Commentary on AI

The “2017 AI Index Report“(linked to PDF file) presents metrics and dimensions from publicly available data to illustrate the state of AI (artificial intelligence) and ML (machine learning) activities. You could find many trend-line charts from the PDF-download link quoted in the beginning of this paragraph.

In this report, there are some commentaries from experts in the AI field. And following are some comments that caught my attention.

Kai-Fu Lee, Sinovation Ventures

State of AI in China

China has the most mobile phones and Internet users in the world, which is about three times more than that in the US or India. Many think that the gap between the US and China is just a factor of three. It is dramatically larger than that. In China, people use their mobile phones to pay for goods, 50 times more often than Americans. Food delivery volume in China is 10 times more than that of the US. It took bike-sharing company Mobike 10 months to go from nothing to 20 million orders (or rides) per day. There are over 20 million bicycle rides transmitting their GPS and other sensor information up to the server, creating 20 terabytes of data everyday. Similarly, China’s ride-hailing operator Didi is reported to connect its data with trafic control in some pilot cities. All of these Internet connected things will yield data that helps make existing products and applications more eficient, and enable new applications we never thought of. Continue reading “Commentary on AI”

How Microsoft Contributed to the Rapid Growth of China’s Silicon Valley in High Tech Clusters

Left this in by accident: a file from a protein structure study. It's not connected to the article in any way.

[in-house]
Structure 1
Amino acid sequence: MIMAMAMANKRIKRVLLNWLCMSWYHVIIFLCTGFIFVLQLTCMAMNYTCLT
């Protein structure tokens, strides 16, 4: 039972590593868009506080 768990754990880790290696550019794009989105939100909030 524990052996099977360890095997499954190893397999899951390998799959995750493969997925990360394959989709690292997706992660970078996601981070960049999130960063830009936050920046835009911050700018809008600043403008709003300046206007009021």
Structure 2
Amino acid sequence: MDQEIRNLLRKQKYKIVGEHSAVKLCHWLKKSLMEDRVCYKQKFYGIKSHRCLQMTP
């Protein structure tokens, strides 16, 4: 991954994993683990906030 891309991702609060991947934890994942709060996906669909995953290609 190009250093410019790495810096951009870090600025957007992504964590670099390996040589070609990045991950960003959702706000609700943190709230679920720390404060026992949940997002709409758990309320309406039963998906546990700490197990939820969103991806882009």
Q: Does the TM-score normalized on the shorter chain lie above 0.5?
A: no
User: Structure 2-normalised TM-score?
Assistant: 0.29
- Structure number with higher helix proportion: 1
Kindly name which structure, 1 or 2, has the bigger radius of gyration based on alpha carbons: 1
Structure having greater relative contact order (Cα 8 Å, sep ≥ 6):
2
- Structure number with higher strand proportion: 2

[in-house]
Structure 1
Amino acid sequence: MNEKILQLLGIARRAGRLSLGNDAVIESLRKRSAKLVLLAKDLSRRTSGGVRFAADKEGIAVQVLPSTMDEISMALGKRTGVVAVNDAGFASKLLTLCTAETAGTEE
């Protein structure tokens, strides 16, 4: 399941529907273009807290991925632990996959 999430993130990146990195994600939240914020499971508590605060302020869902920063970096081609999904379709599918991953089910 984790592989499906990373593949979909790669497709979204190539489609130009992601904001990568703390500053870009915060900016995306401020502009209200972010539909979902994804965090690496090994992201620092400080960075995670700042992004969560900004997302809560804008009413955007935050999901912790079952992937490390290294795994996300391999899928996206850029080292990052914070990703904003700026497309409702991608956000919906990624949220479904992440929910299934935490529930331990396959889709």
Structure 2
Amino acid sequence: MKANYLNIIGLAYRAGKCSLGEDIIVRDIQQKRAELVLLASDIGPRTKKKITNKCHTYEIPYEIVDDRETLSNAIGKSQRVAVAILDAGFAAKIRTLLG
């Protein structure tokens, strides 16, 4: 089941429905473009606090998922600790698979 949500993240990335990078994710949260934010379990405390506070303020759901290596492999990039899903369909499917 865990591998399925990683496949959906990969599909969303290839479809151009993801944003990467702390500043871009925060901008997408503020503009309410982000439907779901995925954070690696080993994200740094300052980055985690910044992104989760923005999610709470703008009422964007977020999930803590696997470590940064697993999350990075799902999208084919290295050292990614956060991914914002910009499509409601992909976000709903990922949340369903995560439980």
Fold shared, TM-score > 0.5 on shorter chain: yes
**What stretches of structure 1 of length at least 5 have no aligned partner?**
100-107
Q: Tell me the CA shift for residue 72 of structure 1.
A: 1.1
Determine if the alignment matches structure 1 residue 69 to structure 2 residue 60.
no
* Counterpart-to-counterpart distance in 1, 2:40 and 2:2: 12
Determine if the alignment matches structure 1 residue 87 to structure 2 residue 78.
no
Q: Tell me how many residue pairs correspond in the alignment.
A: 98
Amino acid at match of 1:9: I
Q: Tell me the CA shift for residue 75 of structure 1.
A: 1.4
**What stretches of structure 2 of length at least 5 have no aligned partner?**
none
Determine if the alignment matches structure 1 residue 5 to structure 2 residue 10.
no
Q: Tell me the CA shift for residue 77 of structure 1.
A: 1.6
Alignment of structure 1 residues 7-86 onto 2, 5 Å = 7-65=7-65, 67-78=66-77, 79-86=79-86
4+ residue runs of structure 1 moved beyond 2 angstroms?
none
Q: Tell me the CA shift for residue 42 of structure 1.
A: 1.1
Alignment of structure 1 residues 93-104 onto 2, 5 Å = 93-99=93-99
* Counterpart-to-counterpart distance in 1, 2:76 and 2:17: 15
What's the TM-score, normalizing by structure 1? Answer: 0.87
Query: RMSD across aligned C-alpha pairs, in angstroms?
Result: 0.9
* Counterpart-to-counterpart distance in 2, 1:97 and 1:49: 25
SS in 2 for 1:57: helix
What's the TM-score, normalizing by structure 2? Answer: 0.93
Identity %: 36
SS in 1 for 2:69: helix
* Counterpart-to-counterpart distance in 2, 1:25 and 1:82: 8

Excerpt from an article published in The New York Times.

“Robert O. Work (veteran defense official) asked his A.I. dudes, “O.K., you guys are the smartest guys in A.I., right?”

No, the dudes told him, “the smartest guys are at Facebook and Google,” Mr. Work recalled in an interview.

Now, increasingly, they’re also in China. The United States no longer has a strategic monopoly on the technology (referring to artificial intelligence).”

Microsoft Research Asia (MSRA) – Microsoft’s fundamental research arm in the Asia Pacific region, was founded in Beijing China in 1998. MSRA has published over 1,500 papers for top international journals and conferences. MSRA was named the “hottest computer lab” by MIT Technology Review in 2004.

As described in Wikipedia: MSRA operates under a mission of advancing the state of the art in computing through a combination of basic and applied research. More than 300 research results have been transferred to Microsoft products, including Windows, Office, Bing, Xbox, Kinect, and Windows Phone.

Kai-Fu Lee (李开复), Founder of Sinovation Ventures

The first Managing Director of Microsoft Research China was Mr. Kai-Fu Lee – innovator of the world’s first speaker-independent, continuous speech recognition system, known as Sphinx. No mention of MSRA is complete without referencing to Mr. Lee.

In year 2005, Mr. Lee moved on to Google as the Founding President of Google China. And in 2009, Mr. Lee founded Sinovation Ventures, a venture capital that invest in start-ups in China and in the U.S., at seed, Series A and Series B stages. Nearly half of Sinovation Ventures recent investments have been in artificial intelligence.

Source of portrait photo: Mr. Lee’s LinkedIn profile

Ya-Qin Zhang (张亚勤), President of Baidu

Mr. Kai-Fu Lee played a pivotal role in convincing Mr. Ya-Qin Zhang‘s return to China. An IEEE academician, Mr. Zhang was appointed as Managing Director of MSRA in 2001, and led the R&D of Microsoft’s Mobile and Embedded products from 2004-2006. In 2006, Mr. Zhang was appointed as Microsoft’s Corp. Vice President and the Chairman of Microsoft Asia-Pacific R&D Group to lead Microsoft’s entire R&D efforts in Asia Pacific. Besides the shipping of WinCE and Windows Mobile 5.0, Mr. Zhang also involved in the development of cloud computing (today’s Azure) and big data platforms.

Continue reading “How Microsoft Contributed to the Rapid Growth of China’s Silicon Valley in High Tech Clusters”